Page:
Legacy V Loudspeaker and Wavelet Processor System

Breaking the Mold

Equipment report
Categories:
Floorstanding,
Solid-state preamplifiers,
Digital-to-analog converters
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Products:
Legacy Audio V,
Legacy Audio Wavelet
Legacy V Loudspeaker and Wavelet Processor System

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Explain the advances in the new dual 4" AMT (Air-Motion Transformer) ribbons. What does this do to given aspects of the musical listening experience?
Dudleston: The 4" AMTs are capable of a more extended frequency range and slightly greater efficiency. The top end of the V system was given some pretty arduous requirements. Besides being sweet and non-fatiguing, while moving air 32 times more effectively than a 1" dome with the same diaphragm travel, it has to pass the “sit down/stand up” test for vertical coverage without combing issues. Next, it has to radiate over a 60-degree horizontal window without the top end dropping off, and lastly (most uniquely) it has to have greatly reduced level outside that angle across its range.

To pass the vertical test, the diaphragm height could not exceed 1". After months of ideas and experimentation, two 1" x 4" AMT drivers were butted end-to-end horizontally. We knew this could achieve the reduced levels off-axis as the array was larger than the longest wavelengths it would reproduce. Next, the outside edges were brought forward in increments, allowing the ribbons to crossfire. They were adjusted carefully to provide the desired window of coverage, the leftmost driver providing the highest-frequency coverage to the right extreme of the listening window, and vice versa. The center summation was quite solid, as it should be, but an added benefit was the mutual coupling at the lower end of the ribbons’ range, increasing efficiency and decreasing distortion even further. If the ribbons were not splayed as described, they would comb filter at higher frequencies. But because the diaphragm is moving away from the listener as it approaches the center, combing is not a problem. Ironically, the 6" drivers just below the ribbons intentionally rely on destructive interference off-axis to reduce their level.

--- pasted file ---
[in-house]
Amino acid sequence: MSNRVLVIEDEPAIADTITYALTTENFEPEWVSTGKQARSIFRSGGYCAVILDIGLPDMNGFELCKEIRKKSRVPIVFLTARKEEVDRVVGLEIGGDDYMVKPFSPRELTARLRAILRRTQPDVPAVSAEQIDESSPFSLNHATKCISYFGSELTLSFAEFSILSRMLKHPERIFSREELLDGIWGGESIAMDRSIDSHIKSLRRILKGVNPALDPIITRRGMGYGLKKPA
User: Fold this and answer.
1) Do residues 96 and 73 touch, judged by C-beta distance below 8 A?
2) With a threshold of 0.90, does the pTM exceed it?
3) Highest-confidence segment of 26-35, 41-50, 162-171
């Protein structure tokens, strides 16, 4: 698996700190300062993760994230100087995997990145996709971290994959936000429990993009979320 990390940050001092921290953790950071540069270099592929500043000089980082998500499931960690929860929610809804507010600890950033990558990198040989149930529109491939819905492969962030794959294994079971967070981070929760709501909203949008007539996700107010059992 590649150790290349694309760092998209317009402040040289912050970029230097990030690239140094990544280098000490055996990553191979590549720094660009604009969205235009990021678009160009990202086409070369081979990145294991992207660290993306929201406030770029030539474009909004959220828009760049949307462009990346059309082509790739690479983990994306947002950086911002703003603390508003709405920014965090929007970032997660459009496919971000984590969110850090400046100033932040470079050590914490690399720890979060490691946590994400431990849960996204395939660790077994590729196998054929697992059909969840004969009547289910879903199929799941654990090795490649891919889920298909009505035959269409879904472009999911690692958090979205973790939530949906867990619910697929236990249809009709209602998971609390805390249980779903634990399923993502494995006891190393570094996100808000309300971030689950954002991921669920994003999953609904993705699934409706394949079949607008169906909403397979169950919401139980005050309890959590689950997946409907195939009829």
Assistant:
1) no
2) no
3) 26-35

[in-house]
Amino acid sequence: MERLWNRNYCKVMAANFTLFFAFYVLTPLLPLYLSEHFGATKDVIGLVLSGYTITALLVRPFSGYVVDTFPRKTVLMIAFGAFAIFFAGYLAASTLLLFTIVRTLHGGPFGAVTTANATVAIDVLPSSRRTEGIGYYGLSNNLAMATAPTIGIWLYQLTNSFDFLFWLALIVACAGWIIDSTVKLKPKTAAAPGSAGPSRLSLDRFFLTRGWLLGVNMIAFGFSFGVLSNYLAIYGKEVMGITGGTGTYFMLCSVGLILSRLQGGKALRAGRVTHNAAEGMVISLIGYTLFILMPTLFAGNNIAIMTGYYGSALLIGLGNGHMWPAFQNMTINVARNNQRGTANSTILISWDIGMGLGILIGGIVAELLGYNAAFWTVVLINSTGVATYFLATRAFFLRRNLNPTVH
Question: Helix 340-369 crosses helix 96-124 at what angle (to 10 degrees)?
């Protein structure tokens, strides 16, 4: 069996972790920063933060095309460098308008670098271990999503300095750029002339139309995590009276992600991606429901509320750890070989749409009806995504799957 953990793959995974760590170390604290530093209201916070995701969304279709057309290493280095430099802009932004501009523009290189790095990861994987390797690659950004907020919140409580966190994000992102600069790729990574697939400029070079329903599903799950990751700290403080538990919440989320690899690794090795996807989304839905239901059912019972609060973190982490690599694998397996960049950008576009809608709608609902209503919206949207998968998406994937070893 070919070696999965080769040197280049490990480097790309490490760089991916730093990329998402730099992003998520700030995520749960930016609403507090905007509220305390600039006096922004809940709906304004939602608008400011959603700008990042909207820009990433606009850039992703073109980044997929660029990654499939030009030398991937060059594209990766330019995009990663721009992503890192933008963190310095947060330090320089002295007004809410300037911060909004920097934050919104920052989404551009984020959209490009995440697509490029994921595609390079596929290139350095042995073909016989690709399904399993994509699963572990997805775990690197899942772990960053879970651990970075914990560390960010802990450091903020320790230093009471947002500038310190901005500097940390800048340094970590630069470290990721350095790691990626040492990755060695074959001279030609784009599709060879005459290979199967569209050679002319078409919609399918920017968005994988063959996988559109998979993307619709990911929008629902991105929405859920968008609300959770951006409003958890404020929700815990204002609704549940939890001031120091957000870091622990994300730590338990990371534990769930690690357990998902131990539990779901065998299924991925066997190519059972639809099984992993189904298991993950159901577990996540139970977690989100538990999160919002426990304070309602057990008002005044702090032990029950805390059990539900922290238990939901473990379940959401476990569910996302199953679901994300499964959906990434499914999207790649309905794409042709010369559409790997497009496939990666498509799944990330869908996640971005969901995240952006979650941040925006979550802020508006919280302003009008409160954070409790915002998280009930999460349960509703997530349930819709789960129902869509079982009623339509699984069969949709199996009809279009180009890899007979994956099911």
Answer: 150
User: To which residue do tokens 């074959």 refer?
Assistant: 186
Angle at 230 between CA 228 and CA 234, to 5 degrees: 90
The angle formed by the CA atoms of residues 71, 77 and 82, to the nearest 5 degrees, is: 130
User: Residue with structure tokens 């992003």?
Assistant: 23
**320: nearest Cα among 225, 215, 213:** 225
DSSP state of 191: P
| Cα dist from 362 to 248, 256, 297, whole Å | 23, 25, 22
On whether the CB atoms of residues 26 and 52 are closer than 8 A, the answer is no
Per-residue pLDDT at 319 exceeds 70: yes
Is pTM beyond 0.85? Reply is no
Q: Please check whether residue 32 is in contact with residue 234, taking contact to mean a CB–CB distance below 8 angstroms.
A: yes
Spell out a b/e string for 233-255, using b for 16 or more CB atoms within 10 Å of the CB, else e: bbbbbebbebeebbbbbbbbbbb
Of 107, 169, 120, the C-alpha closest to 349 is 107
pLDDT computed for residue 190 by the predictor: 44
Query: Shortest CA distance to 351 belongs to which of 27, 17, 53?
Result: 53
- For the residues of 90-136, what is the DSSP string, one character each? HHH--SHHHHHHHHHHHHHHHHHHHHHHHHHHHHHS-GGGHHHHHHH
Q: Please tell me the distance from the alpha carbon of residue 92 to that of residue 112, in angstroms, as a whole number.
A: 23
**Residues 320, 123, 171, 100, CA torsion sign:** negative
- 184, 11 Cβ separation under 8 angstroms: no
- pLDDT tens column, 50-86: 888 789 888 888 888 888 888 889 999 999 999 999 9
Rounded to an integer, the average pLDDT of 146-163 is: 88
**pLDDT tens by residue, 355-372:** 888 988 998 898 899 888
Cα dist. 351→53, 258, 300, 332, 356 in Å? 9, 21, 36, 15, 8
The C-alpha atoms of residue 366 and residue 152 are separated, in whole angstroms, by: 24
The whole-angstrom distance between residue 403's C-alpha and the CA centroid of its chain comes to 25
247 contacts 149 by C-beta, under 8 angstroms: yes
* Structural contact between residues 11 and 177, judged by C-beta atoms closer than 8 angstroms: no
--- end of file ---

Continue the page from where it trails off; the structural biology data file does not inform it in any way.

Cordesman Assessment of Impact on Sound: I thought the simpler version of this driver in the Aeris was excellent, and it sounds even better in the Legacy V, although it is impossible to separate out the sound of this driver from that of midrange/midbass driver, the electronic crossover, and the other features in the Wavelet.

I’ve not always been a fan of AMTs, but this one is very, very good: tight, fast, and transparent with the natural life and air the best recordings provide. It competes directly with the finest competing ribbon, electrostatic, and dome tweeters I’ve heard, and the integration of the upper midrange and treble is exceptionally realistic and musical.

As I noted earlier, the combination of the AMT and other drivers in the Legacy V does an exceptional job of providing a wide listening area and natural soundstage on those recordings which have a natural soundstage. Upper-frequency performance was very good on test tones, and frequency response amplitude measured very well—far beyond the limits of my hearing.

What are the reasons for the dipoles?
Dudleston: The primary reason is as a steering mechanism. The technique provides better transient behavior and more snap. The goal is to reduce the angle of sound radiated in the room. The dipole by nature creates acoustic nulls to each side. It also radiates out-of-phase energy to the rear so that the rear reflections do not add constructively to the front radiation. In the midbass range the rarefaction of the dipole erodes the undesired bass leakage to the rear from the upper bass driver. As with microphones, an omni and a figure-of-eight combine to form the desired cardioid pattern, rejecting rear energy.